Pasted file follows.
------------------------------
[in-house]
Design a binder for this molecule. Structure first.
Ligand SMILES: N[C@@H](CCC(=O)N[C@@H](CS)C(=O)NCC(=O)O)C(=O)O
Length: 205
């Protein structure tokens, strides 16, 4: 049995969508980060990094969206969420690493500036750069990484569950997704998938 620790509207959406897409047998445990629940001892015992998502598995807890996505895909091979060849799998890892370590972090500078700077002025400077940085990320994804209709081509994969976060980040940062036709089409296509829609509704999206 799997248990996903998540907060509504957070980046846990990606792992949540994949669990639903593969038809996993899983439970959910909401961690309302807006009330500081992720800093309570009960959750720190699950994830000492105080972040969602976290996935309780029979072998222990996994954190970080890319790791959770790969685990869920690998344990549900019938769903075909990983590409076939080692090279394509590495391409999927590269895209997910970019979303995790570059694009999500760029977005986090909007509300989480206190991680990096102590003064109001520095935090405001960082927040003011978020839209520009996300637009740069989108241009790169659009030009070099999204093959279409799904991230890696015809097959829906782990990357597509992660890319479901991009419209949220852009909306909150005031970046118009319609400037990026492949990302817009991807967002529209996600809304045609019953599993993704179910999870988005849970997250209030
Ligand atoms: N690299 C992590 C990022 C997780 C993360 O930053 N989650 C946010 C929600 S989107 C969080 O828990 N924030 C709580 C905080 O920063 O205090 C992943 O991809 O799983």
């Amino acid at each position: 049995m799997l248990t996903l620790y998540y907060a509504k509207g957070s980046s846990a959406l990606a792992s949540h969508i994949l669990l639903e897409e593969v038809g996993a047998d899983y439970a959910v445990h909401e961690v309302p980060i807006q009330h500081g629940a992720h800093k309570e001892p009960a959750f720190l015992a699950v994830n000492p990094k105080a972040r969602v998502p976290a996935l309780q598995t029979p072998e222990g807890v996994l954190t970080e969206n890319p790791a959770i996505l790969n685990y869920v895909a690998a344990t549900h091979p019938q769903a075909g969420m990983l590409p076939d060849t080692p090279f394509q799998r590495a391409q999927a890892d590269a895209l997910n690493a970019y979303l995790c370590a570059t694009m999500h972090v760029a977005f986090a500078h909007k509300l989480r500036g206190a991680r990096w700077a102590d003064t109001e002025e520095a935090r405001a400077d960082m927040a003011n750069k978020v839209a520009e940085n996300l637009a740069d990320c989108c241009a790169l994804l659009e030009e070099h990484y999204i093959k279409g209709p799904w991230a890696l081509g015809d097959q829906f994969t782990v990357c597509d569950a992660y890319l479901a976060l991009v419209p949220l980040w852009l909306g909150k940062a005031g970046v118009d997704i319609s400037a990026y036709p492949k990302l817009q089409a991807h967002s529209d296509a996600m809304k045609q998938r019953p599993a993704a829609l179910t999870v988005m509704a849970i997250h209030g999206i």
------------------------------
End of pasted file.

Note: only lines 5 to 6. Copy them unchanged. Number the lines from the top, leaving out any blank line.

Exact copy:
């Protein structure tokens, strides 16, 4: 049995969508980060990094969206969420690493500036750069990484569950997704998938 620790509207959406897409047998445990629940001892015992998502598995807890996505895909091979060849799998890892370590972090500078700077002025400077940085990320994804209709081509994969976060980040940062036709089409296509829609509704999206 799997248990996903998540907060509504957070980046846990990606792992949540994949669990639903593969038809996993899983439970959910909401961690309302807006009330500081992720800093309570009960959750720190699950994830000492105080972040969602976290996935309780029979072998222990996994954190970080890319790791959770790969685990869920690998344990549900019938769903075909990983590409076939080692090279394509590495391409999927590269895209997910970019979303995790570059694009999500760029977005986090909007509300989480206190991680990096102590003064109001520095935090405001960082927040003011978020839209520009996300637009740069989108241009790169659009030009070099999204093959279409799904991230890696015809097959829906782990990357597509992660890319479901991009419209949220852009909306909150005031970046118009319609400037990026492949990302817009991807967002529209996600809304045609019953599993993704179910999870988005849970997250209030
Ligand atoms: N690299 C992590 C990022 C997780 C993360 O930053 N989650 C946010 C929600 S989107 C969080 O828990 N924030 C709580 C905080 O920063 O205090 C992943 O991809 O799983």